INGREDIENTS (serves 3)
•2-3 tbsps maple syrup
•40ml soy sauce
•75ml rich hoisin sauce
•1 garlic clove, crushed
•1 red chilli, finely sliced
•10g ginger, peeled and chopped
•300g firm tofu, drained and cut into slices
•spring onion to serve

1) Pre-heat the oven to 190c. Mix the first 6 ingredients in a bowl and marinate the tofu for at least one hour.
2) Place the tofu on a baking tray and cook in the oven for 25-30 minutes. Remove the tofu from the baking tray and add a little water to the remaining marinade to form more of a sauce.

Sprinkle over the spring onion and serve with rice and pak choi. Normally made with pork, this dish provides the perfect balance of sweet and spice.

I’m confident that Tom will persevere with his veganism right up to the 31st and I look forward to sampling more of his culinary experiments!

Greenwich Market

Having lived in London for over 5 years, I was amazed to have only just heard of Greenwich Market. After friends telling me tales of vegan cake stalls, I knew a visit was long overdue.

What amazed me most was the sheer abundance of vegan food available. Not only exclusively vegetarian and vegan stalls but mainstream stalls offering vegan alternatives of their signature dishes. The choices for vegans at Greenwich Market hugely surpasses the likes of Broadway and Borough Markets.

After several laps of the market, I eventually opted for the vegan world food stall, Return to Shashamane.


For £6, I received a large box filled with a little bit of all the dishes listed in the menu below:


Delicious, refreshing, filling and healthy, I was a very satisfied customer.

Despite being ridiculously full, there was no way I was going to leave without paying a visit to Ruby’s, a vegan cake stall!


I sampled one of their salted caramel cupcakes and I can categorically say that this was one of the most delicious cakes I’ve ever tasted-vegan and non-vegan!


So if, like me, you’re always on the lookout for new places to sample some vegan delights, look no further than Greenwich Market.


Crispy Bean Bake

Mixed pulses and kale baked in a tangy, mildly spiced sauce with a coriander-infused topping


An easy way to pack a load of goodness into a mid week meal. I used some of my favourite warm spices to make this cosy dish on a dreary evening. The beauty of it was that most of the ingredients were things that I already had in my cupboards!

INGREDIENTS (4 portions)
•1tbsp olive oil
•1/2 onion, roughly chopped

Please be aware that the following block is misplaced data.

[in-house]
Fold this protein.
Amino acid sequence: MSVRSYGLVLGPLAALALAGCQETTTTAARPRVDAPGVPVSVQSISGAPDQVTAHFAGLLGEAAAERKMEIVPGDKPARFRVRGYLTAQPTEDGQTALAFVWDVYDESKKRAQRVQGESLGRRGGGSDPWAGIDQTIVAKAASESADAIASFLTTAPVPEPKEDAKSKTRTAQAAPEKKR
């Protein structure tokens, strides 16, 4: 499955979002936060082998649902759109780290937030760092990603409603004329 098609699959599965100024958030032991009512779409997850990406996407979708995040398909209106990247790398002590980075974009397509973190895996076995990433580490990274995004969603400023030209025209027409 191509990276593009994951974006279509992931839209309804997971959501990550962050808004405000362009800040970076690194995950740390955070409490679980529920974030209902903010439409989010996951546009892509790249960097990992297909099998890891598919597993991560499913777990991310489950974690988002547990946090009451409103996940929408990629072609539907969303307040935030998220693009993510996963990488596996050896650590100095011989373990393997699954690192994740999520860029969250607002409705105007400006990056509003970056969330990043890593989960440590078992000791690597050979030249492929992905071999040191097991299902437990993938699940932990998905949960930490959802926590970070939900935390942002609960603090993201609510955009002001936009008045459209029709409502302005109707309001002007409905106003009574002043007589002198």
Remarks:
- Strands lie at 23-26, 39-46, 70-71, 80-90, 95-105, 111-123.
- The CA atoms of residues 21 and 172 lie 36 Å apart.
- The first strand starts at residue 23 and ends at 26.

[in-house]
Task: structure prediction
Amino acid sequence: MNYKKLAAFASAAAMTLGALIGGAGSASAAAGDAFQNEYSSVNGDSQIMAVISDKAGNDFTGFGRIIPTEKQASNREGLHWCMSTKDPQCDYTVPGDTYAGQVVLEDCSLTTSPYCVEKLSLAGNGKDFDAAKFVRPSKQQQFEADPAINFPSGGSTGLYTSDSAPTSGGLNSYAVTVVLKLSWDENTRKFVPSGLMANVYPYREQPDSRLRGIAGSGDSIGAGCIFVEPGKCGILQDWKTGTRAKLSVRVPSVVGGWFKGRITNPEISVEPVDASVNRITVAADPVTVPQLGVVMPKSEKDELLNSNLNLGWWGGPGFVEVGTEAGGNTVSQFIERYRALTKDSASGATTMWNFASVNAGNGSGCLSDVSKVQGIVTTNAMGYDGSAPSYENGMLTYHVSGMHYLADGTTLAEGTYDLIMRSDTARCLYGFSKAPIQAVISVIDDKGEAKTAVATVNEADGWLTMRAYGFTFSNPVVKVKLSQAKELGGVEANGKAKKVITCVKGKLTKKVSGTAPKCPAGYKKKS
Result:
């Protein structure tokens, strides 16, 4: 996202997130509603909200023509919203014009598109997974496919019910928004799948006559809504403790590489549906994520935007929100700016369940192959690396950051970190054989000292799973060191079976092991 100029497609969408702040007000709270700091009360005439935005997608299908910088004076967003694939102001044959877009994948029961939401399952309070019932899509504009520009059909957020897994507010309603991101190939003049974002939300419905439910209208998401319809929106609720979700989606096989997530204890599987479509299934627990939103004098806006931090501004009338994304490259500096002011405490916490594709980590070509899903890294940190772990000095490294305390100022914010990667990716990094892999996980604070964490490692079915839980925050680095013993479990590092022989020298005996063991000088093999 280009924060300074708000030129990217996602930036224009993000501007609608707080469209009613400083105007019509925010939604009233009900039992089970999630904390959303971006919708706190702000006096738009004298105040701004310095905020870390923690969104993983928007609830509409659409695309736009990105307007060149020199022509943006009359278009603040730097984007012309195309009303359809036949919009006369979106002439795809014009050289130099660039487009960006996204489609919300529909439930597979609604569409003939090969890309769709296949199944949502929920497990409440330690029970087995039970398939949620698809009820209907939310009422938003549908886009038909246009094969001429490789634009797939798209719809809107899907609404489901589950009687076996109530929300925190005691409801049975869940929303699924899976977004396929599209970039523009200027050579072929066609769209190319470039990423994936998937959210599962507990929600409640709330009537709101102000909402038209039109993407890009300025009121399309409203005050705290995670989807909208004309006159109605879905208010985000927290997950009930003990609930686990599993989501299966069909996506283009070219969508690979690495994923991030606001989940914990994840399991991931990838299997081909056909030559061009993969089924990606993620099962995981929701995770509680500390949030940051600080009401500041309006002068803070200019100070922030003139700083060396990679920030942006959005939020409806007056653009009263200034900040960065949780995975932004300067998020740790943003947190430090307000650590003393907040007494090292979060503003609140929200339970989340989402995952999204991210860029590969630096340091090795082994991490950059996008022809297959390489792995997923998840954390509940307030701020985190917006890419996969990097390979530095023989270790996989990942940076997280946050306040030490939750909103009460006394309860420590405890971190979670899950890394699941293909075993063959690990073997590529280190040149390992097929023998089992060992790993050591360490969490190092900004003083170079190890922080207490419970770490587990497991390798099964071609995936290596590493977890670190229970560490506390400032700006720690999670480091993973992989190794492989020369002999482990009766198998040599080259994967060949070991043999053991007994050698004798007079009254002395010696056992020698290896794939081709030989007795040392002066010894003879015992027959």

•1 garlic clove, crushed
•1 tbsp tomato purée
•1 tsp ground cumin
•1 tsp paprika
•1/2 tsp ground cinnamon
•1/2 tsp ground ginger
•1/2 tsp cayenne pepper
•Pinch of chilli flakes
•1 can of chopped tomatoes
•1 can of red kidney beans, drained
•1 can of butter beans, drained
•1 can of chickpeas, drained
•A large handful of curly kale chopped, stalks removed
•salt and pepper to season

For the topping
•100g breadcrumbs
•1 tsp olive oil
•1/2 tsp ground coriander
•1 tbsp chopped fresh coriander

1) Pre-heat the oven to 180c. In a large pan, heat the oil and gently sauté the onion and garlic. Stir in the tomato purée and add the spices.
2) Pour in the canned tomatoes, stir and allow the spices to cook with the sauce for 10 minutes. If the mixture starts to get a little dry, add a drop of water. Add the beans and cook for a further 5 minutes before adding the kale and seasoning. Leave to simmer gently for 10 minutes.

3) Transfer to an oven dish. To make the crispy coriander topping, simply mix the ingredients in a bowl before generously scattering on top of the bean mixture.


4) Bake in the oven for 20 minutes or until golden and leave to stand for at least 10 minutes before serving.

I served it with a quick and easy squash and sweet potato mash. To make, simply boil roughly chopped squash and sweet potato chunks until soft. Drain then return to the pan, mixing with a knob of vegan butter, a splash of soya cream and a pinch of ground nutmeg. Blend until a thick, smooth texture of mash has been formed.



Slow-Cooked Vegetable & Quinoa Stew

Being away last weekend meant that I couldn’t create a big batch of healthy vegan food to sustain me during the forthcoming week! Needless to say, I grazed on some not-so-healthy options and yesterday decided that it was time to get back into my weekly routine.

I thought a stew would be a convenient way to pack in as many vegetables as possible and it seemed an appropriate choice now that the colder weather has finally descended upon us. I was contemplating whipping up sweet potato mash to compliment it but opted to bulk it out with protein-packed quinoa instead.

The ingredients below made enough for a HUGE pan-full of stew. I’ve had two portions so far and I estimate I’ll get at least another four portions out of it!

•2 tbsps veg oil
•1 large onion, chopped
•3 cloves of garlic, crushed
•3 celery stalks, chopped
•1 parsnip, peeled and chopped
•3 carrots, peeled and chopped
•2 sweet potatoes, peeled and chopped
•The leaves from 6 sprigs of thyme
• 1 tsp dried oregano
•1 tsp paprika
•1 tin of butter beans
•1 tin of chopped tomatoes
• 200ml red wine
•1l veg stock
•200g quinoa
•1 Bay leaf
•2 courgettes, sliced into circles
•200g chestnut mushrooms, sliced
•Salt & pepper to season

1) Heat the oil and gently sweat the onion and garlic for 10 minutes. Add the next 10 ingredients and pour in 700ml of stock, setting the rest aside for later.
2) Add the quinoa, bay leaf and bring to the boil. Reduce heat, cover and leave to simmer gently for 35 minutes. Stir occasionally; the dish will dry up as the quinoa expands so keep adding the remaining stock when necessary.
3) Add the courgettes, mushrooms, salt, pepper and more stock if needed. Continue to cook low for 20 minutes or until the courgette has softened. Leave to stand for 10 minutes, remove the bay leaf and serve.

It sounds a lot to do but was actually really easy to make and just about any combination of vegetables can be used. I served with warm, crusty bread for a cosy feel.

Vegan Pumpkin Recipes: Pumpkin Pecan Cakes